I wanted to take a brief moment to mention a great cause that share 2 of my passions: CrossFit and Breast Cancer. Barbells For Boobs is a 501(c)3 non-profit breast cancer organization whose mission is to provide funding through the MAMMOGRAMS IN ACTION ® GRANT PROGRAM for qualified low-income and uninsured women and men who need screening and/or diagnostic procedures in the prevention of breast cancer. This is a wonderful organization that supports a great cause, so please check out the link. My goal is to re-train my body to prepare it for the Amazing Grace Fundraiser come October. The Amazing Grace WOD consists of 30 clean and jerks at 95# (Rx weight) for time. Not sure if I will be able to do that amount of weight by October, but I hope to at least get the movement by then. So be sure to stay tuned. :)

And that's all the time and energy I have for today's blog. I hope everyone has a wonderful weekend! :)


Sunday, July 8, 2012

Life's Lessons: The Recovery Phase

Yep, procrastination has gotten the better of me and my mind elsewhere, thus why I haven't updated my blog in about a week. I am realizing the toughest part of this journey is the recovery phase. I am not talking about just the healing process, but everything else that comes along with the territory of recovering.

I had my second "post-op" appointment Thursday, July 5th and was ecstatic the doctor took out my last two drains! I feel somewhat normal now, although the sites where my drains were inserted are a little sore. I can actually lay on my side now and save my poor back from the stiffness of laying on it all the time. So far, there have been no detours in the healing process so my chest is coming along nicely. Both sides seem to be getting adequate amount of blood supply now. If my plastic surgeon sees fit, I may be getting my first injections of saline this Wednesday. *crossing fingers* I am still limited in movement and am only suppose to lift things weighing 5 pounds or less. I have done a good job at listening to my body and not over-stretching myself. I was told I should be able to start running again & easing back into CrossFit come August. THANK GOODNESS!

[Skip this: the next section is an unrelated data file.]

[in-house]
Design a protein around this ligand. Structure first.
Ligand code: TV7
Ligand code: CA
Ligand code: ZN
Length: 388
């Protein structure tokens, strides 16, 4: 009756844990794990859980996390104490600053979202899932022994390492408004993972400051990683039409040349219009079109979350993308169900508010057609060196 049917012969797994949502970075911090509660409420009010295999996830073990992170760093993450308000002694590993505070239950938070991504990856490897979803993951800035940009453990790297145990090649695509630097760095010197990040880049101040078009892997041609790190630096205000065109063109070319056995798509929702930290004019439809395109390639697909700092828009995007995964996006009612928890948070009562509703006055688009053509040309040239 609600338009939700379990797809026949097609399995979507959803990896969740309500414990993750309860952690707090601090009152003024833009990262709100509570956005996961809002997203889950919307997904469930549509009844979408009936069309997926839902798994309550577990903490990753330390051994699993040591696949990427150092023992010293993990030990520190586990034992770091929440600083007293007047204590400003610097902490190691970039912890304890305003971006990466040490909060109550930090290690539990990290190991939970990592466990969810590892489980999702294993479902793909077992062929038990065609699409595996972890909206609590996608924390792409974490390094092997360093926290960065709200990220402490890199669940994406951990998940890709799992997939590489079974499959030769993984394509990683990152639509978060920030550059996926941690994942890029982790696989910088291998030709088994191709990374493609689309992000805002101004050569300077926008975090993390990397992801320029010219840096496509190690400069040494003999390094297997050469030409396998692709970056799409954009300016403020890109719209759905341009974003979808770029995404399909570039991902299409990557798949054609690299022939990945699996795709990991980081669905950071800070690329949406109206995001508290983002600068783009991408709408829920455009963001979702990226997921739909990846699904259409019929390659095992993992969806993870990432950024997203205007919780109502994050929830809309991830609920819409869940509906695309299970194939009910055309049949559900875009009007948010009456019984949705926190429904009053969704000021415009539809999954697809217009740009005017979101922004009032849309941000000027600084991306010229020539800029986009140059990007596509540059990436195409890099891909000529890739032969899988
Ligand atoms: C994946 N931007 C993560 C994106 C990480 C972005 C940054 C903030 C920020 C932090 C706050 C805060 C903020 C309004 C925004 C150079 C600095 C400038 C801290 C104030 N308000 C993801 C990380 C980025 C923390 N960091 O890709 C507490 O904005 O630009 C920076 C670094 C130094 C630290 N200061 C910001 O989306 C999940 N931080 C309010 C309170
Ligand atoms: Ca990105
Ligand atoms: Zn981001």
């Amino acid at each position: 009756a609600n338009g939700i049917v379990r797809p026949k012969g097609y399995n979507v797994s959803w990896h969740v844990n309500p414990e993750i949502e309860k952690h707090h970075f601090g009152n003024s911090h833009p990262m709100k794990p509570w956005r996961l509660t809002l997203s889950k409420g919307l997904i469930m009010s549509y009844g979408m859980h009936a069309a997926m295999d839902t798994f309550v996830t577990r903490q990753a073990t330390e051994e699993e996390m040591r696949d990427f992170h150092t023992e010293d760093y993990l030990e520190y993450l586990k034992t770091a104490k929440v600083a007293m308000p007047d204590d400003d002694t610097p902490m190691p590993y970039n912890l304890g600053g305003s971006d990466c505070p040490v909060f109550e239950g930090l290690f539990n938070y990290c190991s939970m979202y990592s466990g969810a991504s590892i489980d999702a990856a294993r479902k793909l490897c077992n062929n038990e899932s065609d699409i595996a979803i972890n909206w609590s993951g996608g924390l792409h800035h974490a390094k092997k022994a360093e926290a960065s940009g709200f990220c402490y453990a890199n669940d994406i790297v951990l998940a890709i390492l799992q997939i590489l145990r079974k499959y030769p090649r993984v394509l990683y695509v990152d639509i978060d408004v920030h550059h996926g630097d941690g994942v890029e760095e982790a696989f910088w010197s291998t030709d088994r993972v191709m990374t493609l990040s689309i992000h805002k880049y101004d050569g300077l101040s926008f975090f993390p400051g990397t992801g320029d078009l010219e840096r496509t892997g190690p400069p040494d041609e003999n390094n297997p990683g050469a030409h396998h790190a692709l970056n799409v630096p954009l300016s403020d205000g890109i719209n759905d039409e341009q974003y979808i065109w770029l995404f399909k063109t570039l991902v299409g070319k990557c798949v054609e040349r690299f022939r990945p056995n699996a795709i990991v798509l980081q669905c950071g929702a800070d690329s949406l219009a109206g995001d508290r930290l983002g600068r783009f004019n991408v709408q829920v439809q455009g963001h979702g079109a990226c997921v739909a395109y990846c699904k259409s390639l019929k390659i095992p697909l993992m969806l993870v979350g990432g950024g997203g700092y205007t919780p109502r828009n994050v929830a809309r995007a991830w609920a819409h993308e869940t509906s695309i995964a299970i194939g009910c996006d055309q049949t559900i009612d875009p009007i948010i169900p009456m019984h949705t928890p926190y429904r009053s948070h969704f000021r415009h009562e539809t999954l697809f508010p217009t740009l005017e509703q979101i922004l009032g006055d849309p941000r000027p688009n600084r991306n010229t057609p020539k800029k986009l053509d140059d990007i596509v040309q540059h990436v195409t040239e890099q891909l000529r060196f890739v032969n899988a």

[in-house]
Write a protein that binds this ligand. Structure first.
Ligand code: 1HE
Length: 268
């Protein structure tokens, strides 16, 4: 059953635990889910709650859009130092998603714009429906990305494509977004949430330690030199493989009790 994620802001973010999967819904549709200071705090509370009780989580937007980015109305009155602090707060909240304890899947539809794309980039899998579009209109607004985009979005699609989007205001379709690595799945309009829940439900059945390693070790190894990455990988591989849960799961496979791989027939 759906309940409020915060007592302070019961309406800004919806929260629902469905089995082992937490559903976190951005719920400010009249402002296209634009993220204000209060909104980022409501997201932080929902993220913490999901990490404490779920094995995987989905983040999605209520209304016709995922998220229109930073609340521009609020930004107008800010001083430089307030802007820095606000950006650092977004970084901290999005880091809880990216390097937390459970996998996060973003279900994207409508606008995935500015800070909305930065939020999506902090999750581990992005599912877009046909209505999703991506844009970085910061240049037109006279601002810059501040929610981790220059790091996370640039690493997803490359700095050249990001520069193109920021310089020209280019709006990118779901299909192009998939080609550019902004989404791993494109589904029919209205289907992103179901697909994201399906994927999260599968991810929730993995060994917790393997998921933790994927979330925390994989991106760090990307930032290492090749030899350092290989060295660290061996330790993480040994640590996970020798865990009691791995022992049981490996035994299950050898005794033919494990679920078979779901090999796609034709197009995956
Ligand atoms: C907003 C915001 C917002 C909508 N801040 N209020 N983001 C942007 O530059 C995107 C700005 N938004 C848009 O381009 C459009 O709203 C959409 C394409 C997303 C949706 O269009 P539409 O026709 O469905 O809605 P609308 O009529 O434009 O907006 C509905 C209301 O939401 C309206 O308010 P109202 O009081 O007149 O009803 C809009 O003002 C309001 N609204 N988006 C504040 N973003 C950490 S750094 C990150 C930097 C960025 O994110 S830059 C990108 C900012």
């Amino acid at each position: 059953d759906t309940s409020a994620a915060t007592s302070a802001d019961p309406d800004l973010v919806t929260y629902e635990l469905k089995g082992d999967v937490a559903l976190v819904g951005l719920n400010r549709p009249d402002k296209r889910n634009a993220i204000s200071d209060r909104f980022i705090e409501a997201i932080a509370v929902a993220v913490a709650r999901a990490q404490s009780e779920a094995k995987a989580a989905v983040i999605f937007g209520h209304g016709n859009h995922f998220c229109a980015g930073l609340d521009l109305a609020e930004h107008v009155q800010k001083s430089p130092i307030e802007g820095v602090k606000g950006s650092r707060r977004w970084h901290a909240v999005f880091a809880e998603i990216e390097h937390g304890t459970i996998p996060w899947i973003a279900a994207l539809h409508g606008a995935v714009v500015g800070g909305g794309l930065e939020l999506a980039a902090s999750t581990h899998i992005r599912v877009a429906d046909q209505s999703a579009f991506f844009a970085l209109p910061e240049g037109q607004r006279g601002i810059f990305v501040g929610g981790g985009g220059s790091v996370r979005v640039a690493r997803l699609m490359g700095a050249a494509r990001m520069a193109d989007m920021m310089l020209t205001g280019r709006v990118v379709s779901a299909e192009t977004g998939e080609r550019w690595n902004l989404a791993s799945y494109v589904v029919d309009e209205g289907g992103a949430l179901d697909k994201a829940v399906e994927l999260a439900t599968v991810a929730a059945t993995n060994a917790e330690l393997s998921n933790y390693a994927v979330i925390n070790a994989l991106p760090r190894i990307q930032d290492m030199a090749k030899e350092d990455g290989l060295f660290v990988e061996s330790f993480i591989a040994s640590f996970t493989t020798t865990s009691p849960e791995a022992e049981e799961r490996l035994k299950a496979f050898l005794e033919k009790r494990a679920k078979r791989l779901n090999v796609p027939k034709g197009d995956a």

From my Family
My mom has been an angel in disguise during my initial recovery, although she flew back to Texas a week ago. Of course I miss our time together, but her help is what I've missed the most. Being thousands of miles away from family has made this journey tough, but I know God has a plan and this is where I am suppose to be. I mean, it will only make me that much stronger.